Relative to lacquers, yes. It needs a dust free environment, especially if you are going to put it on clear parts. I have a dust free cabinet that I put is in to dry. There is a lot to making it look right. I have never had much success with air brushing it but others swear by it. Kind of a try it and learn thing. I prefer clear lacquers for anything that is not clear, so what ever your can make work for you. Good luck.

#7 BigBeze

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Posted 21 January 2010 - 05:15 PM

Ok,so what should I use for a clear coat? and shoud I sandthe color coat first? Any one want to explain how to put a good shine to my model.
I prime it and the I hit it with a couple of coats of the little 5 dollar cans of Acrylic.
What am I missing? Anybody?

#8 Pete J.

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Posted 21 January 2010 - 07:55 PM

Ok,so what should I use for a clear coat? and shoud I sandthe color coat first? Any one want to explain how to put a good shine to my model.
I prime it and the I hit it with a couple of coats of the little 5 dollar cans of Acrylic.
What am I missing? Anybody?


There is an old saying that the magic is in the magician not the wand. In short that means that you need to find a process that works for you and stick with it. Here is a link to my process and tips. Hope it helps. http://www.tamiyausa...p?article-id=35

#9 BigBeze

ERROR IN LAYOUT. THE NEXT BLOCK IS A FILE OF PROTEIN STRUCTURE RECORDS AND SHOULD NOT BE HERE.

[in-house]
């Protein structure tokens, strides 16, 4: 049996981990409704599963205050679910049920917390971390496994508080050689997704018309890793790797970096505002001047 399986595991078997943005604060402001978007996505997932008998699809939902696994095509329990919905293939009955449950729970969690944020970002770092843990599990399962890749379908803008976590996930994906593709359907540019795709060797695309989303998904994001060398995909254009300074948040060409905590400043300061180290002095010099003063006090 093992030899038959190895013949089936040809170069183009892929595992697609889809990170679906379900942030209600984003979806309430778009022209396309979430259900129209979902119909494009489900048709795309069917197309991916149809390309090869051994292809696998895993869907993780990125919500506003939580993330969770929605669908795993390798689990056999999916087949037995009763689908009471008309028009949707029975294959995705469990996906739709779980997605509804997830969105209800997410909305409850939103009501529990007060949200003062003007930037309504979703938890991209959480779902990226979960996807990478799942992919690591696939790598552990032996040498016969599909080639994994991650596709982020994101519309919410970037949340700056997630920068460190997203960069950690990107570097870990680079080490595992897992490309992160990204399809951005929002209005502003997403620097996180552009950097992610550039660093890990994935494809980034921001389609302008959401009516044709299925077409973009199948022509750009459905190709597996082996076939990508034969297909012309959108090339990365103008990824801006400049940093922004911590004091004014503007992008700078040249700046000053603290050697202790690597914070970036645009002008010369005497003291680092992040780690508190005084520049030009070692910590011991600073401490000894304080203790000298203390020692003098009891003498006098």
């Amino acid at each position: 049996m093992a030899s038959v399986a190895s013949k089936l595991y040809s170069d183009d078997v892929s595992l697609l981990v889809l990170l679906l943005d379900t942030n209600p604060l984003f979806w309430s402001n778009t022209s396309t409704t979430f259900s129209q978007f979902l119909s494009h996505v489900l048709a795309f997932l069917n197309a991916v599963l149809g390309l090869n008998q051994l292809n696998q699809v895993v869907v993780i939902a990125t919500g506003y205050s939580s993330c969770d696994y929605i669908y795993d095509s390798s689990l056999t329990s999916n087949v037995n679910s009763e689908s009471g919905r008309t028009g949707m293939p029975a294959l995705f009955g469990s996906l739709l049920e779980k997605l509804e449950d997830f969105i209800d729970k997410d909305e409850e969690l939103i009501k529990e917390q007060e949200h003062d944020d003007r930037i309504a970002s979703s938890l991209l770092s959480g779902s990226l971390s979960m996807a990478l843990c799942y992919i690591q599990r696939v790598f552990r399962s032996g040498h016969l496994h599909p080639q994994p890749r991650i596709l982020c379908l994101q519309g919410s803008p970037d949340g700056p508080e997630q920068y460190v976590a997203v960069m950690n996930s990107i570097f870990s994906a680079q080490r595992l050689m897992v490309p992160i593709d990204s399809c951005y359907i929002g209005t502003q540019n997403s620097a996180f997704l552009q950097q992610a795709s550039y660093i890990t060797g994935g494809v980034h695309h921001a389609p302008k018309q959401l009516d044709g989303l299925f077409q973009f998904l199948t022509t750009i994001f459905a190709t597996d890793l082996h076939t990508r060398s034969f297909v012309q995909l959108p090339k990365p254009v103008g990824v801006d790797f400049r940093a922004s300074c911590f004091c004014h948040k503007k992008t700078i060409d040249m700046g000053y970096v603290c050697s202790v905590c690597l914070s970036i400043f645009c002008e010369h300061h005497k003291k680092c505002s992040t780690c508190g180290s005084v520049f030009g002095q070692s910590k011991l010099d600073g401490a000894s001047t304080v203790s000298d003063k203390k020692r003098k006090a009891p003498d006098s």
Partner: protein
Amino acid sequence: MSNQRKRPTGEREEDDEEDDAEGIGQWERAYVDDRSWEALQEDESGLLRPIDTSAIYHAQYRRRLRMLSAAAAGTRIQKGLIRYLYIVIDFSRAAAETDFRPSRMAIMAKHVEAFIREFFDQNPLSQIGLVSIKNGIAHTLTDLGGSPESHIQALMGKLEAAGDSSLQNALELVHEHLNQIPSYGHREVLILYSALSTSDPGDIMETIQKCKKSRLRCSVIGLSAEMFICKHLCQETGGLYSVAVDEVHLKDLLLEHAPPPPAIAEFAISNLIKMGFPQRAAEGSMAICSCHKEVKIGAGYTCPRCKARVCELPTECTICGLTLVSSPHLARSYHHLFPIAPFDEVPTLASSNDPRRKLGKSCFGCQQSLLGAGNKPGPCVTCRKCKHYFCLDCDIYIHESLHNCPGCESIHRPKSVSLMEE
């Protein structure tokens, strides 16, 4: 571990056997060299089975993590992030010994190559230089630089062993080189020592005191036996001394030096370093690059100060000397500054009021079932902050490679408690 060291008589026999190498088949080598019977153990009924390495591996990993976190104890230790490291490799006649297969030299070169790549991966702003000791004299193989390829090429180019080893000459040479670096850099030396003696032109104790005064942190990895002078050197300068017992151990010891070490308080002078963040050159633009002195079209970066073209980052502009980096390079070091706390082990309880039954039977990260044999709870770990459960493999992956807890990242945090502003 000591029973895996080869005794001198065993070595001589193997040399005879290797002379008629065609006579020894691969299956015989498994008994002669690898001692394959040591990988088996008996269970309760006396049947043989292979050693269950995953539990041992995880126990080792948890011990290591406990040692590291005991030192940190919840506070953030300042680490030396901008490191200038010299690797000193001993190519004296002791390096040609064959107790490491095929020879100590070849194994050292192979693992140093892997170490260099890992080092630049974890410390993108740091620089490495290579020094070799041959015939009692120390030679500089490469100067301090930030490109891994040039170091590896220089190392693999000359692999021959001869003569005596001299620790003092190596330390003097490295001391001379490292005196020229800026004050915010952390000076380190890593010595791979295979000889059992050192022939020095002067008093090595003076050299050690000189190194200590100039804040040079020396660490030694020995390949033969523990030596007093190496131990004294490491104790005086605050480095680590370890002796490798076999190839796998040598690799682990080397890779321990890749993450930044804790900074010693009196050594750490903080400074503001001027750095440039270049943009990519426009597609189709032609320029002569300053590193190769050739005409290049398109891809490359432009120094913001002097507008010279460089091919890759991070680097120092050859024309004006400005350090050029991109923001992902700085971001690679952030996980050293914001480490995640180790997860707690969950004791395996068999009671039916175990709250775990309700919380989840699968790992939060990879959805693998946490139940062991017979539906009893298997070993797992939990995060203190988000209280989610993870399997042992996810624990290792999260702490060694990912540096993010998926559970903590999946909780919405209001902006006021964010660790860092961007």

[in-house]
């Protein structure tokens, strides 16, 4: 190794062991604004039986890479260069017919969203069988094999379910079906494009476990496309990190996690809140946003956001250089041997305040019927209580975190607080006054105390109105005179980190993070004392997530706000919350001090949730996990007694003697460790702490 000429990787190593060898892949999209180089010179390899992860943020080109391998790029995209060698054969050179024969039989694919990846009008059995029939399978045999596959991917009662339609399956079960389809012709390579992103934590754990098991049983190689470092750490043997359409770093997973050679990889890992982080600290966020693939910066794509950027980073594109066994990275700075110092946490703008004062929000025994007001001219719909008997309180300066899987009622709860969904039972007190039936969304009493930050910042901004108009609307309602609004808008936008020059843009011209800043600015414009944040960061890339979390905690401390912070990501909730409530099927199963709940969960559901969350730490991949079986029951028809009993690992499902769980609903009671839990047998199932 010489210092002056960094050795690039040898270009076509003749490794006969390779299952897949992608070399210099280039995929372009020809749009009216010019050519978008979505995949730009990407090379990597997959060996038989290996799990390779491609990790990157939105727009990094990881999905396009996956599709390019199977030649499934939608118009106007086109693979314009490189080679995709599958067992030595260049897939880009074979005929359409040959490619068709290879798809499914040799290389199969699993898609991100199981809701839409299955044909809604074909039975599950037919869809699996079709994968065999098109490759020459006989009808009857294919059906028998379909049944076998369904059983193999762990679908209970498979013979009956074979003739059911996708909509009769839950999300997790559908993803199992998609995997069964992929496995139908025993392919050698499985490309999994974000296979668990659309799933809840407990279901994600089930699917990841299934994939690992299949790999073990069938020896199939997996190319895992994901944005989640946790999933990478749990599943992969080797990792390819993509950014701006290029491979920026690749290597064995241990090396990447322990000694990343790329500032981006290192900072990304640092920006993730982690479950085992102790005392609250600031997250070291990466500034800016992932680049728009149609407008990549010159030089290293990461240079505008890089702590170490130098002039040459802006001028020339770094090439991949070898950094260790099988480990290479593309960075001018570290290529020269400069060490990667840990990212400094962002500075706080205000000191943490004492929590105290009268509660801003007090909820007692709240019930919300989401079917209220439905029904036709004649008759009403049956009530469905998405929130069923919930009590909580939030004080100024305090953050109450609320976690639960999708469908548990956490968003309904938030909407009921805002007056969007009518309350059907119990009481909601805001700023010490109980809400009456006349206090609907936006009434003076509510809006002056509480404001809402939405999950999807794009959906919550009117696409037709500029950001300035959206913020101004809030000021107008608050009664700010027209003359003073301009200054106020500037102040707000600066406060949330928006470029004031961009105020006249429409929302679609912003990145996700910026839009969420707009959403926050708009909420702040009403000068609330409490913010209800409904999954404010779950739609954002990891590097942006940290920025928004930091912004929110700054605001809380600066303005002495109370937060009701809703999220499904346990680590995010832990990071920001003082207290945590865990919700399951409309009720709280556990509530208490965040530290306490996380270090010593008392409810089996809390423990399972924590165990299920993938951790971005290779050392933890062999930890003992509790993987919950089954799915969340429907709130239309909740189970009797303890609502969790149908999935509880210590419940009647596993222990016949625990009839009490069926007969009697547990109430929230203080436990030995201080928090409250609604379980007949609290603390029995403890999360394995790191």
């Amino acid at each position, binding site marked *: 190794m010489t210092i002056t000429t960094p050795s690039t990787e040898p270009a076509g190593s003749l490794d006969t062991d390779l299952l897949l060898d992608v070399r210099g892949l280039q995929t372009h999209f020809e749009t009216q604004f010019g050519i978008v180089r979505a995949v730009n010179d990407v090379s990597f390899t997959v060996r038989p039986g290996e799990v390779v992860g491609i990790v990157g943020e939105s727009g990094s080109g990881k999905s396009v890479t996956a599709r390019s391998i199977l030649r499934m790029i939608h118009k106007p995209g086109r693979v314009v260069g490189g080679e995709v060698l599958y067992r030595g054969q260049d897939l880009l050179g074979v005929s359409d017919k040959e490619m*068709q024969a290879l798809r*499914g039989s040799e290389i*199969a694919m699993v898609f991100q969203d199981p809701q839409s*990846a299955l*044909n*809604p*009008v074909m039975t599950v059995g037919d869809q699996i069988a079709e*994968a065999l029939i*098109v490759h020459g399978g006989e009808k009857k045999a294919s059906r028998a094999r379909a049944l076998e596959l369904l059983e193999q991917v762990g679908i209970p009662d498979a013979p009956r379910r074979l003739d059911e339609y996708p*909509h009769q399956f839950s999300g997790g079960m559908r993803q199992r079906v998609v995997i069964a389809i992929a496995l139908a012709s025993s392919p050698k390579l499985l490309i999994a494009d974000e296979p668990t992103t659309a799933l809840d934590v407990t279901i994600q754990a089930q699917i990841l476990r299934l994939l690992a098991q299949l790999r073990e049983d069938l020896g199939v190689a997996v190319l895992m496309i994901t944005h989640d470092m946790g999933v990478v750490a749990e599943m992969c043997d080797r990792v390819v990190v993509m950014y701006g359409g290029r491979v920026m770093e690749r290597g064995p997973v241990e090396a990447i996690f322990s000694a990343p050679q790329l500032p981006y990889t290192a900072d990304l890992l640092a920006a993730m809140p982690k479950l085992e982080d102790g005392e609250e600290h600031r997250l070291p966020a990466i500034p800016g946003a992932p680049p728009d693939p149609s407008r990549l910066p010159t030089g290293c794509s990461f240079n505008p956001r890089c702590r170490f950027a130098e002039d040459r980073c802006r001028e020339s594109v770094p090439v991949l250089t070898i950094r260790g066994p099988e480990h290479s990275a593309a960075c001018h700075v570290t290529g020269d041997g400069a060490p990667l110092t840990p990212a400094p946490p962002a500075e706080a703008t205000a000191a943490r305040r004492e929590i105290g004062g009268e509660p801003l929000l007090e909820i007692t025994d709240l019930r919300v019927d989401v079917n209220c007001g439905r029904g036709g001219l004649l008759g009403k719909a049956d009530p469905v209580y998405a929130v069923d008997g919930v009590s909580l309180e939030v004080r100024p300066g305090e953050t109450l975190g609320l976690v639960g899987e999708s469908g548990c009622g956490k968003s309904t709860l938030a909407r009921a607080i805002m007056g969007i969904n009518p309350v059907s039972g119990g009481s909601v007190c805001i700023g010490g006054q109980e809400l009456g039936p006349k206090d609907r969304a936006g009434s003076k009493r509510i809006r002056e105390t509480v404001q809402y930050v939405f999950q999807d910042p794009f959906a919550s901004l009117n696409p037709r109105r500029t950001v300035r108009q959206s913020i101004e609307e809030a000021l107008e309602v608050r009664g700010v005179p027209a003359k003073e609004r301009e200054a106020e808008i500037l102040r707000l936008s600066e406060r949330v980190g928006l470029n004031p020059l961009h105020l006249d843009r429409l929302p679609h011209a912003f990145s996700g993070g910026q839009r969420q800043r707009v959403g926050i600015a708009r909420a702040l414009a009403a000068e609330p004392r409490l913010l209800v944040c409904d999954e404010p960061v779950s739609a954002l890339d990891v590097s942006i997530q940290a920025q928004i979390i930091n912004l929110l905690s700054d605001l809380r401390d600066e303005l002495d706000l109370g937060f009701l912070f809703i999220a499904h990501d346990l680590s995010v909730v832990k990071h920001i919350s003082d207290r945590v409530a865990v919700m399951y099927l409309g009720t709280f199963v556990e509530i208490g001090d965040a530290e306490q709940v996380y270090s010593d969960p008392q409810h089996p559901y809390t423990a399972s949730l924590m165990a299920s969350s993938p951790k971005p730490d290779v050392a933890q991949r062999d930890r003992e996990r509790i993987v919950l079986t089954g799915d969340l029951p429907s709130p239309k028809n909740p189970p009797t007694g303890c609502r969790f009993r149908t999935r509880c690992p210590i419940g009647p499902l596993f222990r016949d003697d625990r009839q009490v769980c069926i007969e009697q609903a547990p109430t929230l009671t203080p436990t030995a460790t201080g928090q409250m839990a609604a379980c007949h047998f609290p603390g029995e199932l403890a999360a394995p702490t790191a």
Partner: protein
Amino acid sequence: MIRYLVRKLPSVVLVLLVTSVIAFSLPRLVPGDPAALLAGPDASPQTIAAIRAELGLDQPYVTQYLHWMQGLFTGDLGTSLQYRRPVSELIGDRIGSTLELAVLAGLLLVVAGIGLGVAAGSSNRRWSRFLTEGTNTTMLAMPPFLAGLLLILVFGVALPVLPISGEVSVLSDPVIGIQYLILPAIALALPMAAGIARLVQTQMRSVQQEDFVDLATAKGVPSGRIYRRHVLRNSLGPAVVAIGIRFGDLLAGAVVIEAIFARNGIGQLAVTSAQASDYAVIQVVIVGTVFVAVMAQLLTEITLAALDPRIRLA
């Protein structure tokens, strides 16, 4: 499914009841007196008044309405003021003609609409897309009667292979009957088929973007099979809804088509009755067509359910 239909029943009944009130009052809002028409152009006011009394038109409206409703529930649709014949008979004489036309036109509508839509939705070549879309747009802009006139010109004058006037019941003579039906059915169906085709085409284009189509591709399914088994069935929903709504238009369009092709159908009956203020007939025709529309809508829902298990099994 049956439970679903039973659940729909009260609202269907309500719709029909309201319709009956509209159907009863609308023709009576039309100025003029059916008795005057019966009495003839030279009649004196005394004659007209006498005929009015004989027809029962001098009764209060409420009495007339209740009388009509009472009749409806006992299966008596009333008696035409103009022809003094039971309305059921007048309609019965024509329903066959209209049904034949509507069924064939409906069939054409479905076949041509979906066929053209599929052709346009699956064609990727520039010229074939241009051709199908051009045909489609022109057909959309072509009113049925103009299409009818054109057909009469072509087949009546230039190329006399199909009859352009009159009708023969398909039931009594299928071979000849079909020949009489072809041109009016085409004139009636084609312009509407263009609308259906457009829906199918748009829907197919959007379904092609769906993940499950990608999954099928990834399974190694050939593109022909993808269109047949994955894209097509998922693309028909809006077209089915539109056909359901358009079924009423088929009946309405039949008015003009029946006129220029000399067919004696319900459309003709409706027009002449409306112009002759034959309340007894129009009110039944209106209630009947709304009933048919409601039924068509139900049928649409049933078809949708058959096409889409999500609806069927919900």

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Posted 21 January 2010 - 10:28 PM

WOW! That was everything I needed to know in a nut shell. Thanks!

#10 Smart-Resins

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Posted 22 January 2010 - 02:23 AM

Dry to touch, an hour. Dry for a second coat, 24 hours.

I have done up to three coats in a row! The second coat will "melt" into the first coat. So if you have any small runs or what have you, you can spray another coat almost immediatly and just spray a tad there and a touch more on the rest of the model and it will blend in together. Another one said the magic is in the magician. This is so true. There are many clears. it is a matter of works for you! A big step again is the polishing of the model when all is said and done! You can put on say ten coats of color and polish the heck out of it and not do any clears! The main trick for the clears is to make sure there is no or minimal damage to your color coat when polishing or handling! The reason I like the future is if you do body work, you can clear it and that stops the gohsting effect! If you are spraying multiple coats, you can clear inbetween coats. You can also clear, then do decals and BMF then clear again. You can also clear over your clear plastic pieces and your chrome!That last one is a nice one, that way your chrome does not rub off over the yeaars of handling! Someone had said you can not spray laquar over future. I have not had a issue with this providing I gave the future 48 hours to completly cure before doing my paint over it! So again, it is more the user then the item being used! its all wht you prefer! Again, the main trick is the polishing that helps make it shiny! Now, I have used turtle wasx for that! I am now wanting to get into either micro mesh or novus, wich I will be asking that today! Thanks. Jody